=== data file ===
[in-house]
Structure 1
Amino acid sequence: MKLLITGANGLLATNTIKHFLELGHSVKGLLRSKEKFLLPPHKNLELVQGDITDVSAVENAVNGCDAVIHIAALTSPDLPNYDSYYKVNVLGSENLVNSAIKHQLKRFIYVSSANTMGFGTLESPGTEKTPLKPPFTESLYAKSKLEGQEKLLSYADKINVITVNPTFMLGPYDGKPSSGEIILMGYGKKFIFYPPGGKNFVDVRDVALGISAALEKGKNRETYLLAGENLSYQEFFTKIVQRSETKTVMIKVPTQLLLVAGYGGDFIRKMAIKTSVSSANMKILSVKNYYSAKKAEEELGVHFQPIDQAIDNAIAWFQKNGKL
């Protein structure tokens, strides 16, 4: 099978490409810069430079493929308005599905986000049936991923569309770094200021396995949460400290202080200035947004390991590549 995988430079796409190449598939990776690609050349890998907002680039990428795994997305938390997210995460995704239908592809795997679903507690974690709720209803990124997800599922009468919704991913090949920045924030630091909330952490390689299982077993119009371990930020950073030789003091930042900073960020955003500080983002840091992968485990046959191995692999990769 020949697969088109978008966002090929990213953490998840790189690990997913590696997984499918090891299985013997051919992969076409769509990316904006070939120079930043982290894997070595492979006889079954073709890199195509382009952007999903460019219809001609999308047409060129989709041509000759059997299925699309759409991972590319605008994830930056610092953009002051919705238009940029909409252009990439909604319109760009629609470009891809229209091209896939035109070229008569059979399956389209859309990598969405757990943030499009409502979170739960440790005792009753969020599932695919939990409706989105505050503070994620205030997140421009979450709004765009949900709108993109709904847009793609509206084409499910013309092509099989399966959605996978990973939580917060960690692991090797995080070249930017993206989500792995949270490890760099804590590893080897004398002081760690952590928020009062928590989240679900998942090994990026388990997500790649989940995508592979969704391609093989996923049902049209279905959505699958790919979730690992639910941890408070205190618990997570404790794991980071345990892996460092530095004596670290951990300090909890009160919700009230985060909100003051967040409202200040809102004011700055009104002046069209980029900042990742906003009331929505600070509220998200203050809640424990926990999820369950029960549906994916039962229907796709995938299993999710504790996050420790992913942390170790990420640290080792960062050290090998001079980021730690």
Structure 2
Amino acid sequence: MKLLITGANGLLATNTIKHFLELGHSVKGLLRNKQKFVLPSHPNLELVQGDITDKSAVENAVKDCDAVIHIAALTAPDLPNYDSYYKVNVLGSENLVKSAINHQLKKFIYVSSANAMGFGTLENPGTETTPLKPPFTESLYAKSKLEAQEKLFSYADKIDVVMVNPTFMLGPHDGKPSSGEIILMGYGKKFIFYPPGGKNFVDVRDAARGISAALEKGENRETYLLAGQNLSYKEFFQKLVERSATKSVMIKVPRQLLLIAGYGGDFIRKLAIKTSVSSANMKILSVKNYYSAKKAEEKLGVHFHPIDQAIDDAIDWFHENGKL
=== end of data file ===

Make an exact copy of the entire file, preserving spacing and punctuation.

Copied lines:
[in-house]
Structure 1
Amino acid sequence: MKLLITGANGLLATNTIKHFLELGHSVKGLLRSKEKFLLPPHKNLELVQGDITDVSAVENAVNGCDAVIHIAALTSPDLPNYDSYYKVNVLGSENLVNSAIKHQLKRFIYVSSANTMGFGTLESPGTEKTPLKPPFTESLYAKSKLEGQEKLLSYADKINVITVNPTFMLGPYDGKPSSGEIILMGYGKKFIFYPPGGKNFVDVRDVALGISAALEKGKNRETYLLAGENLSYQEFFTKIVQRSETKTVMIKVPTQLLLVAGYGGDFIRKMAIKTSVSSANMKILSVKNYYSAKKAEEELGVHFQPIDQAIDNAIAWFQKNGKL
């Protein structure tokens, strides 16, 4: 099978490409810069430079493929308005599905986000049936991923569309770094200021396995949460400290202080200035947004390991590549 995988430079796409190449598939990776690609050349890998907002680039990428795994997305938390997210995460995704239908592809795997679903507690974690709720209803990124997800599922009468919704991913090949920045924030630091909330952490390689299982077993119009371990930020950073030789003091930042900073960020955003500080983002840091992968485990046959191995692999990769 020949697969088109978008966002090929990213953490998840790189690990997913590696997984499918090891299985013997051919992969076409769509990316904006070939120079930043982290894997070595492979006889079954073709890199195509382009952007999903460019219809001609999308047409060129989709041509000759059997299925699309759409991972590319605008994830930056610092953009002051919705238009940029909409252009990439909604319109760009629609470009891809229209091209896939035109070229008569059979399956389209859309990598969405757990943030499009409502979170739960440790005792009753969020599932695919939990409706989105505050503070994620205030997140421009979450709004765009949900709108993109709904847009793609509206084409499910013309092509099989399966959605996978990973939580917060960690692991090797995080070249930017993206989500792995949270490890760099804590590893080897004398002081760690952590928020009062928590989240679900998942090994990026388990997500790649989940995508592979969704391609093989996923049902049209279905959505699958790919979730690992639910941890408070205190618990997570404790794991980071345990892996460092530095004596670290951990300090909890009160919700009230985060909100003051967040409202200040809102004011700055009104002046069209980029900042990742906003009331929505600070509220998200203050809640424990926990999820369950029960549906994916039962229907796709995938299993999710504790996050420790992913942390170790990420640290080792960062050290090998001079980021730690």
Structure 2
Amino acid sequence: MKLLITGANGLLATNTIKHFLELGHSVKGLLRNKQKFVLPSHPNLELVQGDITDKSAVENAVKDCDAVIHIAALTAPDLPNYDSYYKVNVLGSENLVKSAINHQLKKFIYVSSANAMGFGTLENPGTETTPLKPPFTESLYAKSKLEAQEKLFSYADKIDVVMVNPTFMLGPHDGKPSSGEIILMGYGKKFIFYPPGGKNFVDVRDAARGISAALEKGENRETYLLAGQNLSYKEFFQKLVERSATKSVMIKVPRQLLLIAGYGGDFIRKLAIKTSVSSANMKILSVKNYYSAKKAEEKLGVHFHPIDQAIDDAIDWFHENGKL